The inaugural World’s Best Restaurants list revealed

Food & Wine and Travel + Leisure name their 30 best dining venues

Melbourne’s Attica restaurant has scored a coveted place in the inaugural publication of Travel + Leisure and Food & Wine‘s World’s Best Restaurants list. The unranked list was compiled by an experienced and anonymous critic who travelled the world over four months, visiting 81 restaurants in 24 countries.

Worlds Best Restaurants Cedric Angeles
Image credit: Cedric Angeles

“If someone were to plan an around-the-world trip based on these recommendations, we’d want them to feel as though they’d truly experienced the breadth of the world, not just found themselves in very nice dining rooms eating very nice meals in various locations,” said Travel + Leisure Editor-in-Chief, Jacqueline Gifford. “We searched for balance, excellence, and mix.”

Comprising 30 establishments from Fez to Kobarid and Lima to Seoul, the list is as much about the destination as it is about the food.

Blue lobster with apricot at Saturne, Paris, France | Image Credit: Jerome Galland
Blue lobster with apricot at Saturne, Paris, France | Image Credit: Jerome Galland

Food & Wine and Travel + Leisure‘s World’s Best Restaurants 2019:

  • 4Roomed The Restaurant, Cape Town, South Africa
  • Antichi Sapori, Montegrosso, Italy
  • Attica, Melbourne, Australia
  • Blue Hill at Stone Barns, Pocantico Hills, New York, USA
  • Burnt Ends, Singapore
  • El Soussi, Beirut, Lebanon
  • Fuunji, Tokyo, Japan
  • Ganbara, San Sebastián, Spain
  • Hiša Franko, Kobarid, Slovenia
  • Jose Enrique, San Juan, Puerto Rico
Marrowbones, madeleines, and other assorted dishes at St. John, in Smithfield, London | Image credit: Cedric Angeles
Marrowbones, madeleines, and other assorted dishes at St. John, in Smithfield, London | Image credit: Cedric Angeles
  • La Mar, Lima, Peru
  • Le Wine Chambre, Johannesburg, South Africa
  • Maní, São Paulo, Brazil
  • Mariscos Ruben, Tijuana, Mexico
  • Masque, Mumbai, India
  • MIL, Moray, Peru
  • n/naka, Los Angeles, California, USA
  • Nang Loeng Market, Bangkok, Thailand
  • Noma, Copenhagen, Denmark
  • Restaurante Alfonsina, San Juan Bautista la Raya, Mexico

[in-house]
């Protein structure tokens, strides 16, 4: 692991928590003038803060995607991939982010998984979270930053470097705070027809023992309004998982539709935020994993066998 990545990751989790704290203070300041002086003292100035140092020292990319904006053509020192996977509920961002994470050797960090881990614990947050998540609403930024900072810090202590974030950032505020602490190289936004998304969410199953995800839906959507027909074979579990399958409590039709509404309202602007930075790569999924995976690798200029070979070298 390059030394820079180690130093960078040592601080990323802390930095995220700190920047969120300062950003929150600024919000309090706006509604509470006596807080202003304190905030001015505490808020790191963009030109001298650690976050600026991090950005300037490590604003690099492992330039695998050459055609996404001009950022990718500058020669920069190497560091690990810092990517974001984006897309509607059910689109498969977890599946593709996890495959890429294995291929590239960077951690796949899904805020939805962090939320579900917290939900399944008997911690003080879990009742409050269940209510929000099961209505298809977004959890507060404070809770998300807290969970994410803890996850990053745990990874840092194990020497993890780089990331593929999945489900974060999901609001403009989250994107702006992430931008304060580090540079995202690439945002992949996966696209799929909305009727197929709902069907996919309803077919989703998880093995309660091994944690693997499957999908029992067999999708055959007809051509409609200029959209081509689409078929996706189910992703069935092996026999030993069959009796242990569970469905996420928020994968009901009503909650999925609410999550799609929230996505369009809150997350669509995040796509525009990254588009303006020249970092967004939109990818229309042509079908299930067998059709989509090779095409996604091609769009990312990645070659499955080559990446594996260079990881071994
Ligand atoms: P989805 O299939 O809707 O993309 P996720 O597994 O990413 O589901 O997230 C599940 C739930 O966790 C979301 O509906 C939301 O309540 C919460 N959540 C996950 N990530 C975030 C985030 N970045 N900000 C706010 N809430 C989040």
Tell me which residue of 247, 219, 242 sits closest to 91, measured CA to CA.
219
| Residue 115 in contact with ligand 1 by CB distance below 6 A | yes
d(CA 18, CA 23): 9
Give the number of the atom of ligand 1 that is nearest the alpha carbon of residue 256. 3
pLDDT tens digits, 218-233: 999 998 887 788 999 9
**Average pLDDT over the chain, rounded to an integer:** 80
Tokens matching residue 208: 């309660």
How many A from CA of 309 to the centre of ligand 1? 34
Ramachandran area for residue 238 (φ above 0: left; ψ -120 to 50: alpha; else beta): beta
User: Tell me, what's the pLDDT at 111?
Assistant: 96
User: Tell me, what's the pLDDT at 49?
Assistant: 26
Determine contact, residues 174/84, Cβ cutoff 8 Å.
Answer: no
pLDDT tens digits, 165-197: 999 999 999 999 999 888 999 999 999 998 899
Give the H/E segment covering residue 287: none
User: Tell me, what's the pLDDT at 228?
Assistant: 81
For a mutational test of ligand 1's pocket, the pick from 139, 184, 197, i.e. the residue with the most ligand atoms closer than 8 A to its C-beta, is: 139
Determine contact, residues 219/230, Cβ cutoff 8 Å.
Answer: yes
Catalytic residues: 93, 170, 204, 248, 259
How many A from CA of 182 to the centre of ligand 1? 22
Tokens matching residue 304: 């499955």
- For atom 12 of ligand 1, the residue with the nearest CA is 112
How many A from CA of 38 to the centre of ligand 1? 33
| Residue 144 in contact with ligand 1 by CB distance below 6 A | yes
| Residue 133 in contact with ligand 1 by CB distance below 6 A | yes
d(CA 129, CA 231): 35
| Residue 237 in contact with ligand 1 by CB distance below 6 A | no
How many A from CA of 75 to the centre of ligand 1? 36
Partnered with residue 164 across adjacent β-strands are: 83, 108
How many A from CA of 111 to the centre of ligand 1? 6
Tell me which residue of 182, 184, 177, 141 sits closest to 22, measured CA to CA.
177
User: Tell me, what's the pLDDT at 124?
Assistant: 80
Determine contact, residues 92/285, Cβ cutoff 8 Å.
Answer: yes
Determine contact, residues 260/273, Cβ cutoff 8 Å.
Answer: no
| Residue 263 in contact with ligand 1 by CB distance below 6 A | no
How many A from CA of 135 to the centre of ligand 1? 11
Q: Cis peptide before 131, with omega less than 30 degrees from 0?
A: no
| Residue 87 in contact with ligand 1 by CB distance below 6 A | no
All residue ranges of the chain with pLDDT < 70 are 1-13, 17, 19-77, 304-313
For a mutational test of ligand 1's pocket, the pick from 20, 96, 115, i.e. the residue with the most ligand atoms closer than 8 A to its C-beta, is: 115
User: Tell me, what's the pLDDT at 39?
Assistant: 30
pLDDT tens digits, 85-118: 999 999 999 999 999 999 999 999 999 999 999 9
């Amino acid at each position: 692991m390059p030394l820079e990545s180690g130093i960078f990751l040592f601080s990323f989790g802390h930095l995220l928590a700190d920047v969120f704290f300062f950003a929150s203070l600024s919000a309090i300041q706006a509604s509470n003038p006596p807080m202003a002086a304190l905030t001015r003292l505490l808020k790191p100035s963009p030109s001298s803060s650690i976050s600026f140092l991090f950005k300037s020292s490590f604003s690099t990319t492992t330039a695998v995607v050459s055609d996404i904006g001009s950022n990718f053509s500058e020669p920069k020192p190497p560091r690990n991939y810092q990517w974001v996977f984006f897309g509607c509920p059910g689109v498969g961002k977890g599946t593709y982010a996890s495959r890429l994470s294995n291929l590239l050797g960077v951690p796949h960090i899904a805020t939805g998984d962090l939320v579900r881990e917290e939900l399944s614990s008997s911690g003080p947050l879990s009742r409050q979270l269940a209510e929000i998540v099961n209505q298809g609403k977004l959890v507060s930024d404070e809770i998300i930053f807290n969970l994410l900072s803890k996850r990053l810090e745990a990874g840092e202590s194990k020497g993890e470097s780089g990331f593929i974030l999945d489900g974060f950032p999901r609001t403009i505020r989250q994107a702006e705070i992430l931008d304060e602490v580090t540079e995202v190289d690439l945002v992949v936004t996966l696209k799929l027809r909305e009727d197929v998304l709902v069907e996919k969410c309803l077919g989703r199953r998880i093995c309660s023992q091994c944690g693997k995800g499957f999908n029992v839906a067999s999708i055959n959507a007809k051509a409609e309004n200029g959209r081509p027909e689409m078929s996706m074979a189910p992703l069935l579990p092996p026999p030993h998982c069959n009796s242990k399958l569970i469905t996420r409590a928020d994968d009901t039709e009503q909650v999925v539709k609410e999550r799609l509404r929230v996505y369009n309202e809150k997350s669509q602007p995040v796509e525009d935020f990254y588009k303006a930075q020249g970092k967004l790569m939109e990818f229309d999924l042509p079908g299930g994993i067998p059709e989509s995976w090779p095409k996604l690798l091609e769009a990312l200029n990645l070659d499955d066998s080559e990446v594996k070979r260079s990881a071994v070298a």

Alfonsiana, Oaxaca, Mexico | Image credit: Claudio Castro
Alfonsiana, Oaxaca, Mexico | Image credit: Claudio Castro
  • Samcheongdong Sujebi, Seoul, South Korea
  • Saturne, Paris, France
  • Shree Thaker Bhojanalay, Mumbai, India
  • Sorbillo, Naples, Italy
  • St. John, London, UK
  • Sushi Yoshitake, Tokyo, Japan
  • Swan Oyster Depot, San Francisco, California, USA
  • The Grey, Savannah, Georgia, USA
  • The Ruined Garden, Fez, Morocco
  • VEA, Hong Kong

The list was curated by an anonymous critic, James-Beard-Award-winning writer Besha Rodell, who has been reporting on food and culture for almost two decades, in multiple cities and across two continents.

Rodell is one of the few restaurant critics who has remained truly anonymous, and currently serves as a critic for the New York Times‘ Australia bureau after a five-year tenure as critic for LA Weekly from 2012 to 2017.

To develop the World’s Best Restaurants list, Rodell accepted recommendations from a global panel of experts across the hospitality and restaurant industries made up of Food & Wine and Travel & Leisure editors and 22 noteworthy culinary personalities including Ruth Reichl, Enrique Olvera, Gail Simmons, Alex Atala, Anne-Sophie Pic, Nina Compton, and Marcus Samuelsson.

Smoked quail eggs at VEA, in Hong Kong’s Central district | Image Credit: Jonathan Maloney
Smoked quail eggs at VEA, in Hong Kong’s Central district | Image Credit: Jonathan Maloney

During her trip, Rodell stayed in 37 hotels, spent 279 hours in the air, and travelled over 160,000 kilometres to research what would ultimately create the first editorial collaboration on a signature franchise between Food & Wine and Travel + Leisure.

“The cultural touchstones on this new list don’t prioritise one style of dining or one culture over another,” says Food & Wine Editor-in-Chief Hunter Lewis. “Whether it’s a food truck in Tijuana, a 20-course tasting menu in Denmark, or the next big thing in Slovenia, each of these 30 restaurants is the kind of venue that we’d cancel all other reservations for, just so we could dine there and soak up the culture. These restaurants are that special and delicious.”

For details about some of the restaurants in North America, South America, Africa & the Middle East, click here.

For details about some of the restaurants in Europe and Asia, including Attica in Melbourne, click here.

Lead image:  Attica’s black-ant lamington 

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